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GMO controversies of 40 years ago are today’s science success stories

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This article or excerpt is included in the GLP’s daily curated selection of ideologically diverse news, opinion and analysis of biotechnology innovation.

GMOs were a worry 40 years ago? Yes, though GMO insulin today is regarded as a gigantic success story for public health in this century, by 1977 the same political forces and activists still aligned against science now were present then. Just the names have changed…Today, activists universally call all genetic engineering a GMO, but back then the public knew a broader term, Recombinant DNA – which is what a GMO is, the transfer of genetic material from one organism to another plant or animal.

Yet the success of GMO insulin shows there is no reason to give up hope. Things change. In 1980, an unpopular President was swept out of office after one term, gas became affordable again and genetic engineering led to such a boom in food that no one in America is worried about starvation now like we were in the 1970s. Instead, we are worried Americans are too fat. Diabetes, once a death-sentence, is now the archetype for what managed disease looks like.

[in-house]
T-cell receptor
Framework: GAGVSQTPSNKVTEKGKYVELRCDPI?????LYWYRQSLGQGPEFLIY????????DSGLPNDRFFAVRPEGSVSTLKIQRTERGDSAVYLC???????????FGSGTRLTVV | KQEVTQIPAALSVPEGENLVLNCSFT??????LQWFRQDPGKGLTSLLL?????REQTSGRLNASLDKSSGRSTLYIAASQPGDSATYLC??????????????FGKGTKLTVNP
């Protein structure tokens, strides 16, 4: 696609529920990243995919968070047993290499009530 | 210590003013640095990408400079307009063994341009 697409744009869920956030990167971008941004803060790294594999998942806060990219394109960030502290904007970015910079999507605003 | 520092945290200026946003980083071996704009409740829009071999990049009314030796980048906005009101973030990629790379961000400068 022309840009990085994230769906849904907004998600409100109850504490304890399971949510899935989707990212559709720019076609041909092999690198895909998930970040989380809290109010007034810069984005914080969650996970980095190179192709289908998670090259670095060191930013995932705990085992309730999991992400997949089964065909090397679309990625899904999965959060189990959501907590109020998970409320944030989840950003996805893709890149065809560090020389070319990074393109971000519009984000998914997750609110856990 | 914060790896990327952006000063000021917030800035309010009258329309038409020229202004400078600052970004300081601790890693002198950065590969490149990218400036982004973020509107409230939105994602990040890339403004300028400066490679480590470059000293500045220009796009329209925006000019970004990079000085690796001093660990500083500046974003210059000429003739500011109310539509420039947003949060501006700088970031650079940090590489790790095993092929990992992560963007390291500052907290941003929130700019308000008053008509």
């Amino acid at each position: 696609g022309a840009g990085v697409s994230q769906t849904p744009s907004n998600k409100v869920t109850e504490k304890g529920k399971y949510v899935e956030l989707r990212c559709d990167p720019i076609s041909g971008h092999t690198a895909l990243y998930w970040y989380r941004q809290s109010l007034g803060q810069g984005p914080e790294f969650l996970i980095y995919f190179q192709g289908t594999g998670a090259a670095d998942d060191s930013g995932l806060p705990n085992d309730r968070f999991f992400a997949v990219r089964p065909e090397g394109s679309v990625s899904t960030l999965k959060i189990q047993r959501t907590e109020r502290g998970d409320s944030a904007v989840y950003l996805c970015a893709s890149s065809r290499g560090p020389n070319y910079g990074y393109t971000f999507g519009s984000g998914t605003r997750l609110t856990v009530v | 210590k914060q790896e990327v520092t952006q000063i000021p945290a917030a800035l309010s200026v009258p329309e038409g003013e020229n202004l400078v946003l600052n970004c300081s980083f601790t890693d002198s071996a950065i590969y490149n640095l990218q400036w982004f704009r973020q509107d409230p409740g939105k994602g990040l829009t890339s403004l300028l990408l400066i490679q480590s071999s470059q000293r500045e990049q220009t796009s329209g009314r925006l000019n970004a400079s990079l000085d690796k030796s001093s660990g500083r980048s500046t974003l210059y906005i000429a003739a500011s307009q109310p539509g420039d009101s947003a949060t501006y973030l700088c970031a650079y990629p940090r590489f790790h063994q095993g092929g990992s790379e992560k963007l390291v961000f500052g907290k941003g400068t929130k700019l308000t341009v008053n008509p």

Forty years from now, we may regard the controversy over GMOs and Gene Drives and RNAi and whatever else activists try to scare us about as being just as quaint and naive as Rifkin and Michael Jacobson and Ralph Nader were about insulin.

The GLP aggregated and excerpted this article to reflect the diversity of news, opinion and analysis. Read full, original post: 40 Years Ago, GMO Insulin Was Controversial Also

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